Step in front of an autonomous car, and it should stop. Cut one off while you’re driving, and it should hit the brakes. These are obvious safety features to build into robotic vehicles—but they also leave open the possibility for humans to game their behavior. It's easy to imagine how cyclists might rule the roads of New York City if all taxis are driverless.
That’s certainly a fear for Volvo. Speaking to the Guardian, the company’s senior technical leader, Erik Coelingh, explained that the automaker plans to leave its self-driving cars unmarked during upcoming London trials so that human drivers aren’t tempted to take advantage. “I’m pretty sure that people will challenge them if they are marked by doing really harsh braking ... or putting themselves in the way,” he said.
In fact, Google has already experienced similar problems firsthand. Some of its cars found it difficult to pull away from stop signs, because they were too timid: other cars simply whistled by while they sat stranded. That particular problem was overcome by having the car inch forward at the junction, much the way a human would, to indicate its intention.
But dialing up how daring the cars are to match human drivers can only go so far—not least because there will always be people who drive aggressively in order to get an edge. In fact, Discover points to a study carried out by the London School of Economics, which found that drivers who are “combative” on the road are more welcoming of autonomous cars. That could be because they think they’ll be pushovers.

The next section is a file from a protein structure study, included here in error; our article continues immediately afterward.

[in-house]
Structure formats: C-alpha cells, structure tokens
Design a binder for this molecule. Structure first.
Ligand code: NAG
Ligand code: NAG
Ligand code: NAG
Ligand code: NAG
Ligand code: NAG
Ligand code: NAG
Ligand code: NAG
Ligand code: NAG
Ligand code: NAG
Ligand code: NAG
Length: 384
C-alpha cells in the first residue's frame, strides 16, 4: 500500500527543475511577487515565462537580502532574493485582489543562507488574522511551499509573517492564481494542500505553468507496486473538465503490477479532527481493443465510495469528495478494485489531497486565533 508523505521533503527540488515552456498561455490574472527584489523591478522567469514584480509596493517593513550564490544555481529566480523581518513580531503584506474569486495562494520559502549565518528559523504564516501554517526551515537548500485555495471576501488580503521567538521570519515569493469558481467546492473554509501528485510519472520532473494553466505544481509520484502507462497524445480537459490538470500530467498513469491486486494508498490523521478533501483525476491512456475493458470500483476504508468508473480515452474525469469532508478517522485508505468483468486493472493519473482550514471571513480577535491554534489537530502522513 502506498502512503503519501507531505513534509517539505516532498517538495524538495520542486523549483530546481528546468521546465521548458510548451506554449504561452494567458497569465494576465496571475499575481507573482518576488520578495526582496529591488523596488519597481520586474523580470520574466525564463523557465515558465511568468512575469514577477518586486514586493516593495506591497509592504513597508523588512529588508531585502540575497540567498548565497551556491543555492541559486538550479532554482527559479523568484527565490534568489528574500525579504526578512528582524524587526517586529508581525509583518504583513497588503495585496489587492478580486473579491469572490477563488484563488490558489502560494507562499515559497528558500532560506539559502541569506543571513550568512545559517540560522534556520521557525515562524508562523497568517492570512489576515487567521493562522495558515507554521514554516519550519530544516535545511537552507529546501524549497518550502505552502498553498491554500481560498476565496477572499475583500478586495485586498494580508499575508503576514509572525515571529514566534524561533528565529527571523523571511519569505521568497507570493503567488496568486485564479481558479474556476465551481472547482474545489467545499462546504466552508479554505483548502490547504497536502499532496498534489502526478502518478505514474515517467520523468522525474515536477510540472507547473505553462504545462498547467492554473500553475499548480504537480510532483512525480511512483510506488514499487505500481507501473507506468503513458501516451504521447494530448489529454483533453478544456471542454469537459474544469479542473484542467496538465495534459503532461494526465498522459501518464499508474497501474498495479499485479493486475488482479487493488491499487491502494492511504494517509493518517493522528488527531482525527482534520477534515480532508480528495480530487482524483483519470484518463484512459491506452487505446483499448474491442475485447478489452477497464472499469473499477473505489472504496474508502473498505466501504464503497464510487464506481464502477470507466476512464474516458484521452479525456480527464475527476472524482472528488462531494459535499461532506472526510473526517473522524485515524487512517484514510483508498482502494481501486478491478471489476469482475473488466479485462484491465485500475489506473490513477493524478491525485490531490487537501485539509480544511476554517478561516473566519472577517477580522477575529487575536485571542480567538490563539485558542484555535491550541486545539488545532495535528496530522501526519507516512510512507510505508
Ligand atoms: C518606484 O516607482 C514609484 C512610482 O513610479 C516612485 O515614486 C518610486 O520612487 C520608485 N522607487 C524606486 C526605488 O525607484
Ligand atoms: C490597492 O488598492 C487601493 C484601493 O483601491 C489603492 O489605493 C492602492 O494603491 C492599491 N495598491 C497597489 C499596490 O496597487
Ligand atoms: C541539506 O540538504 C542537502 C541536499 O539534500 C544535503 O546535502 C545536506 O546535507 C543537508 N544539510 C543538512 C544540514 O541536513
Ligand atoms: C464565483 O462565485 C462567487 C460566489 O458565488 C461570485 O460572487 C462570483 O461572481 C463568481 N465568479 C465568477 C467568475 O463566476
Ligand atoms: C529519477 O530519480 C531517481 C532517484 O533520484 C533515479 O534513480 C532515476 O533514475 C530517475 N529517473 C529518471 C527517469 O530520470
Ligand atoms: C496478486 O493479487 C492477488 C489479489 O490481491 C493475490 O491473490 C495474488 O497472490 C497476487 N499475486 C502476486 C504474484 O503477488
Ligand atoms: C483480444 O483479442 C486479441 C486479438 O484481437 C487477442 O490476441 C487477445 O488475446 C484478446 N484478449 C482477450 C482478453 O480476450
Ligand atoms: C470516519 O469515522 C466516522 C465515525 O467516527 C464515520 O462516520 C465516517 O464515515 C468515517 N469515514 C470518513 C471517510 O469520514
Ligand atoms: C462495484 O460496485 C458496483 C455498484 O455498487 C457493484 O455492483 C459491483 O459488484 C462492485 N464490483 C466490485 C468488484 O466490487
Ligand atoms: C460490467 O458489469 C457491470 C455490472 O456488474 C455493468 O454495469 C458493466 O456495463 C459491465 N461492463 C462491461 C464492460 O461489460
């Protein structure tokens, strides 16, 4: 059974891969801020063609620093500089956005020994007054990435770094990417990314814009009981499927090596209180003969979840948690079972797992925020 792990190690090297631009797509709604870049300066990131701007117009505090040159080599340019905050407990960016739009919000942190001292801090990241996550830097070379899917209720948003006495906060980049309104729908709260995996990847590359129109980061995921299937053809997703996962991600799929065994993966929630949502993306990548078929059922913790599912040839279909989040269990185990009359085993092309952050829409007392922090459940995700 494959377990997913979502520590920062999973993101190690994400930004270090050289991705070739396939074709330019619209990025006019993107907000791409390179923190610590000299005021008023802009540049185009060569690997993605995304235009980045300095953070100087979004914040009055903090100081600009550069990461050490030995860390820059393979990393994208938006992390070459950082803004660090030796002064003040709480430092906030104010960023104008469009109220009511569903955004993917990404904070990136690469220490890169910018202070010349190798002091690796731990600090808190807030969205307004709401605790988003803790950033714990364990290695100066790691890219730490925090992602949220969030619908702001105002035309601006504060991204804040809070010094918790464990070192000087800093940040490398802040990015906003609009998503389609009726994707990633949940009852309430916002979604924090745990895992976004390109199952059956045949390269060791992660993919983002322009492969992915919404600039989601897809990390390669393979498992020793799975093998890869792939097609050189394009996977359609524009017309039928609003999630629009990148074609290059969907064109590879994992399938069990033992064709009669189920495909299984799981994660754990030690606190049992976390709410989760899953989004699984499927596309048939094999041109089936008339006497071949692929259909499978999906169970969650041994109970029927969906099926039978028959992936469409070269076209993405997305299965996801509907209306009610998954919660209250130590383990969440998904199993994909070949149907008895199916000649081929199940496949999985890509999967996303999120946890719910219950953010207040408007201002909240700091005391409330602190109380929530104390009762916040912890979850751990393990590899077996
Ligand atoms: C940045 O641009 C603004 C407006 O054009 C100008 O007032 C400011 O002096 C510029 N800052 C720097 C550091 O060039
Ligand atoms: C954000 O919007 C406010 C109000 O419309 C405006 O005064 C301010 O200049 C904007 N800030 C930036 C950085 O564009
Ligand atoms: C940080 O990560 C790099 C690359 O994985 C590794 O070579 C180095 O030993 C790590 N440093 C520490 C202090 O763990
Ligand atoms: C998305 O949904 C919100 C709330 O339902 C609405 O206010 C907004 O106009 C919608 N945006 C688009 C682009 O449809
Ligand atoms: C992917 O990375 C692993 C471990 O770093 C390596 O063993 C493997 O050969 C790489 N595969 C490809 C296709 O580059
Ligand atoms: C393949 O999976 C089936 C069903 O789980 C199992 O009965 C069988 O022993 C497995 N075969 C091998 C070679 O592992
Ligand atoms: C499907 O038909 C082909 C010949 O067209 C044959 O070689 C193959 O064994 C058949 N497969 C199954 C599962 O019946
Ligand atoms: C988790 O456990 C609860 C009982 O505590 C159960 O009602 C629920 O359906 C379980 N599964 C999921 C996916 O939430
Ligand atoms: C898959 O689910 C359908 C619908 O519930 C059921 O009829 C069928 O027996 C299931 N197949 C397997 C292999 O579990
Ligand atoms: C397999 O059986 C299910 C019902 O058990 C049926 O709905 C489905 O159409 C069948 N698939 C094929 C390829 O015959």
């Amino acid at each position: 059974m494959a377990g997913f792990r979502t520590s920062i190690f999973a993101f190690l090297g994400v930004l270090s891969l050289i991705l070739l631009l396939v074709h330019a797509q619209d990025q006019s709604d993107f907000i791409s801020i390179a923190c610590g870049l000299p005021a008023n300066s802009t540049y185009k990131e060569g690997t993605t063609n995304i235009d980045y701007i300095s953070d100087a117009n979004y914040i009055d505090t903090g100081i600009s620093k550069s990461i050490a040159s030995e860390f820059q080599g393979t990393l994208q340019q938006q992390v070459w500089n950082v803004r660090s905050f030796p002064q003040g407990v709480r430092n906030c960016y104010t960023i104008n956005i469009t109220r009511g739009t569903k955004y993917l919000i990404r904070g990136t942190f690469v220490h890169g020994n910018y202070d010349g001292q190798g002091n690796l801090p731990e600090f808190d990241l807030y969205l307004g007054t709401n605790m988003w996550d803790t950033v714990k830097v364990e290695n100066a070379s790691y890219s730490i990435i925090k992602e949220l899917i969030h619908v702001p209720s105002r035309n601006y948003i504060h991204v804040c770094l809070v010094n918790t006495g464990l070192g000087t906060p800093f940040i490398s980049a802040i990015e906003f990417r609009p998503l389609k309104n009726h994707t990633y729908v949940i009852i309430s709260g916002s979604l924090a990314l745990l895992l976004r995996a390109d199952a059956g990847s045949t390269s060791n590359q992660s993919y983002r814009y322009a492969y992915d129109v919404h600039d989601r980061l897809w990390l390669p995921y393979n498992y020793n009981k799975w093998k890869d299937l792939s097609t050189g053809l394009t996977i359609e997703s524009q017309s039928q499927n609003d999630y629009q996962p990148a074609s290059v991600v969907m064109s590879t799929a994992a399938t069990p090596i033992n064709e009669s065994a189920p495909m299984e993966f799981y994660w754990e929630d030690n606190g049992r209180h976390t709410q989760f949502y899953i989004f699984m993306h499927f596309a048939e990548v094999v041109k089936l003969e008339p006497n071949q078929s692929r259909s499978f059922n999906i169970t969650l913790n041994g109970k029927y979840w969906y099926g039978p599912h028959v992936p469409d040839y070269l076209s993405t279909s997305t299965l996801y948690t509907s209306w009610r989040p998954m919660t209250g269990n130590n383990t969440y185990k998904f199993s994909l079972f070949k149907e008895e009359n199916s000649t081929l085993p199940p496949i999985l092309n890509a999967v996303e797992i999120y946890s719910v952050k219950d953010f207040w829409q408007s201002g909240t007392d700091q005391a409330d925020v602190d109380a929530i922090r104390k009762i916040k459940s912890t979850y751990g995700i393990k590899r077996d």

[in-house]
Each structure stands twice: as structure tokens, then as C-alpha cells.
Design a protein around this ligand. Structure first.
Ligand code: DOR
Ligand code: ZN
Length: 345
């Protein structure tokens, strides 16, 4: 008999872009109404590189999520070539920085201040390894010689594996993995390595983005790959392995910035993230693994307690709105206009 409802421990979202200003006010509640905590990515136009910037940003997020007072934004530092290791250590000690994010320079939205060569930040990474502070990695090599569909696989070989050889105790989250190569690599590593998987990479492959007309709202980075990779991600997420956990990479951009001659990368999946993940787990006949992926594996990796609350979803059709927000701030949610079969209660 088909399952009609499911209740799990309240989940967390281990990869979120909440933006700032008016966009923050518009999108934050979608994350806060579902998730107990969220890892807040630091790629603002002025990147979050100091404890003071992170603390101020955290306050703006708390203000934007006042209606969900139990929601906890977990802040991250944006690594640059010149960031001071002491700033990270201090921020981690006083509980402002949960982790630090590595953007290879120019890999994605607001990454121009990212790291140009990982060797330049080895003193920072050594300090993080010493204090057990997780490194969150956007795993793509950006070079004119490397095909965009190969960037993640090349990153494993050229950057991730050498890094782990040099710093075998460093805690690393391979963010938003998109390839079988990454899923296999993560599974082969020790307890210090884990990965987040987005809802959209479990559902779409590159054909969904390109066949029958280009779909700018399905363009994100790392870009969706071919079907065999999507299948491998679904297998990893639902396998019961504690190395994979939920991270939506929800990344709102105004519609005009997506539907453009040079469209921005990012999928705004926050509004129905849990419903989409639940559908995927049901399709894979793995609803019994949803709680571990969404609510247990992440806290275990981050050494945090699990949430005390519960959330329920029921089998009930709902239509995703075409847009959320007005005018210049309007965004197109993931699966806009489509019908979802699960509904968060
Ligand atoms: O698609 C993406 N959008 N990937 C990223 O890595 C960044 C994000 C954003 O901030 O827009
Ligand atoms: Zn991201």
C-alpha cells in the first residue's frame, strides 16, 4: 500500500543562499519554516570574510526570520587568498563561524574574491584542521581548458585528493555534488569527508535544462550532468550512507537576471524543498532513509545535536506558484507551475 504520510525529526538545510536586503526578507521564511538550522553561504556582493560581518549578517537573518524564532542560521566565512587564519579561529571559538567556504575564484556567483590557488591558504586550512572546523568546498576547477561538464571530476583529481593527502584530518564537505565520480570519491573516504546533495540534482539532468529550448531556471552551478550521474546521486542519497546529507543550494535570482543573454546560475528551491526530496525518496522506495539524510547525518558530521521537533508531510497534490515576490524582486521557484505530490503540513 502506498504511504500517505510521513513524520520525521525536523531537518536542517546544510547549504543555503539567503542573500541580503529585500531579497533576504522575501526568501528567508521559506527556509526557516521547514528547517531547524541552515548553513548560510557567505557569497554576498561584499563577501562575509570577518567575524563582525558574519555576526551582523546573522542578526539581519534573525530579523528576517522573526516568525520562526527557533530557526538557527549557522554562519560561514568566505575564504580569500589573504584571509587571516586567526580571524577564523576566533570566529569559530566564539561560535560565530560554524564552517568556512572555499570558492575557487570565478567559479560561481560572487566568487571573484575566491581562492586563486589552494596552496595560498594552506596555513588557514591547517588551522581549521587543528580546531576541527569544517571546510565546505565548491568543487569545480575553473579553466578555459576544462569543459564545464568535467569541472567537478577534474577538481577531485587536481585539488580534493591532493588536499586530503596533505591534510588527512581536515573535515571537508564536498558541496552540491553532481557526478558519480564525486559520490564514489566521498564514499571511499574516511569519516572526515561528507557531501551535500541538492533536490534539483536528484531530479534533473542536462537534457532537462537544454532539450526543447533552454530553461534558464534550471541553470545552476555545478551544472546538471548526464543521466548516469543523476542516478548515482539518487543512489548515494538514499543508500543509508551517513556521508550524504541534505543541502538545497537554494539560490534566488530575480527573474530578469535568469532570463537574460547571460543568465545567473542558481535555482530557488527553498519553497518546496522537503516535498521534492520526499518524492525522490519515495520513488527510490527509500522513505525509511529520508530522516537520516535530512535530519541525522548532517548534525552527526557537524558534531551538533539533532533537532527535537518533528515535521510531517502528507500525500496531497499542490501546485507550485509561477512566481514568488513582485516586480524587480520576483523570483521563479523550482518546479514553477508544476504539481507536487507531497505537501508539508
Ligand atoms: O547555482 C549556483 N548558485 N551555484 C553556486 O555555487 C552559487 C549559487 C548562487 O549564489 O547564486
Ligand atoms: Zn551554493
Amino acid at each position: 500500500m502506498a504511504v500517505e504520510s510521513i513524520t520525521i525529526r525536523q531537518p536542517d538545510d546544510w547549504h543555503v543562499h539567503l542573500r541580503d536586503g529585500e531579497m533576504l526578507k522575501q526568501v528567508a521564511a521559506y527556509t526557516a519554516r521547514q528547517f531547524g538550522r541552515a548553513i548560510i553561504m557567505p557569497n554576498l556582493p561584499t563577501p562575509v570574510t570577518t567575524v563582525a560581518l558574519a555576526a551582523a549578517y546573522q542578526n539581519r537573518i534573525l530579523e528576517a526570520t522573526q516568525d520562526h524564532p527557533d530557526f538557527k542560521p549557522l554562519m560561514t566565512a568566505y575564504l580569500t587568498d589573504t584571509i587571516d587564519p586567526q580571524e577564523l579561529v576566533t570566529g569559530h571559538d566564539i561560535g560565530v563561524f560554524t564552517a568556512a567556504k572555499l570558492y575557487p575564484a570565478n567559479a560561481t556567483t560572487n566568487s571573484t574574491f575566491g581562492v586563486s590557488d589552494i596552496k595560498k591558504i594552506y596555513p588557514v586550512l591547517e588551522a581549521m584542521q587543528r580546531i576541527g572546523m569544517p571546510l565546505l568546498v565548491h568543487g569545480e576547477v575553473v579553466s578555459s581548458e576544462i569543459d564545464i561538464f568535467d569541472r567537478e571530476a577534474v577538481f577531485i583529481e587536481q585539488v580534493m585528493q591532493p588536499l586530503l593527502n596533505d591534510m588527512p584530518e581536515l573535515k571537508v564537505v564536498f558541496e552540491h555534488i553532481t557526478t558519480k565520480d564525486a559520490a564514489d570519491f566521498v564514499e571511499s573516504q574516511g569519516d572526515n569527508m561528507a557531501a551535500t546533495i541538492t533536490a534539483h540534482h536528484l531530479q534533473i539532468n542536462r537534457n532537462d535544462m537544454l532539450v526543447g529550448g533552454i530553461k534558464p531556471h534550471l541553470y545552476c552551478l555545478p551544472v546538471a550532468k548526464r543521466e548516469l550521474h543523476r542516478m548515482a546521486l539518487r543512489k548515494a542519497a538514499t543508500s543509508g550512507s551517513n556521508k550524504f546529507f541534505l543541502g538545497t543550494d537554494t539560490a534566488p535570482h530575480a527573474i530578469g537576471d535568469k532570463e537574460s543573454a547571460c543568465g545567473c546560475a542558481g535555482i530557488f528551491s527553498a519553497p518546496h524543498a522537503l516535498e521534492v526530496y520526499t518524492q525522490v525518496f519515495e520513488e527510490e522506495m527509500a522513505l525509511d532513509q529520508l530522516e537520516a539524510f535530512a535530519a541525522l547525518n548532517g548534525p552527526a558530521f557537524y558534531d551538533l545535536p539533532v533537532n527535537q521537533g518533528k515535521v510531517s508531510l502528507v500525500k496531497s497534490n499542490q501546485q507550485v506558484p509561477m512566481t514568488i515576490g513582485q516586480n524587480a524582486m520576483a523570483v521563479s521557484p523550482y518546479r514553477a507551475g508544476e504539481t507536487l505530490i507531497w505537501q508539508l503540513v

Pedestrians may think similarly. A new study from the University of California, Santa Cruz, has modeled how pedestrians and autonomous vehicles might interact using game theory—in essence applying a little academic thinking to the everyday game of playing chicken with traffic. The conclusion? “Because autonomous vehicles will be risk-averse ... pedestrians will be able to behave with impunity, and autonomous vehicles may facilitate a shift toward pedestrian-oriented urban neighborhoods,” writes the author, Adam Millard-Ball.
The ability to take advantage of autonomous cars’ caution is likely to extend to all road users. Google, for instance, has explained in the past that its AI systems are able to detect cyclists, with the cars being “taught to drive conservatively around them.” But one cyclist in Austin reported that a Google vehicle found itself unable to set off because of its overcautious approach around the bicycle.
There is, of course, a need for some caution on the side of humans. Until autonomous cars are pervasive, stepping into traffic remains a dangerous choice, as it’s hard to tell from a distance whether a car is autonomous or not. In fact, researchers will probably be able to overcome some of these problems by simply making their self-driving cars act more like humans—with, say, smoother driving or authentic horn-honking.
But unless it comes down to some kind of ethical dilemma, autonomous cars will be trained to avoid accidents. It seems implausible that humans won’t be tempted to take advantage.
(Read more: Guardian, Journal of Planning Education and Research, Discover, “Novelty of Driverless Cars Wears Off Quickly for First-Timers,” “How to Help Self-Driving Cars Make Ethical Decisions,” “Outta My Way! How Will We Translate Google’s Self-Driving Honks?”)
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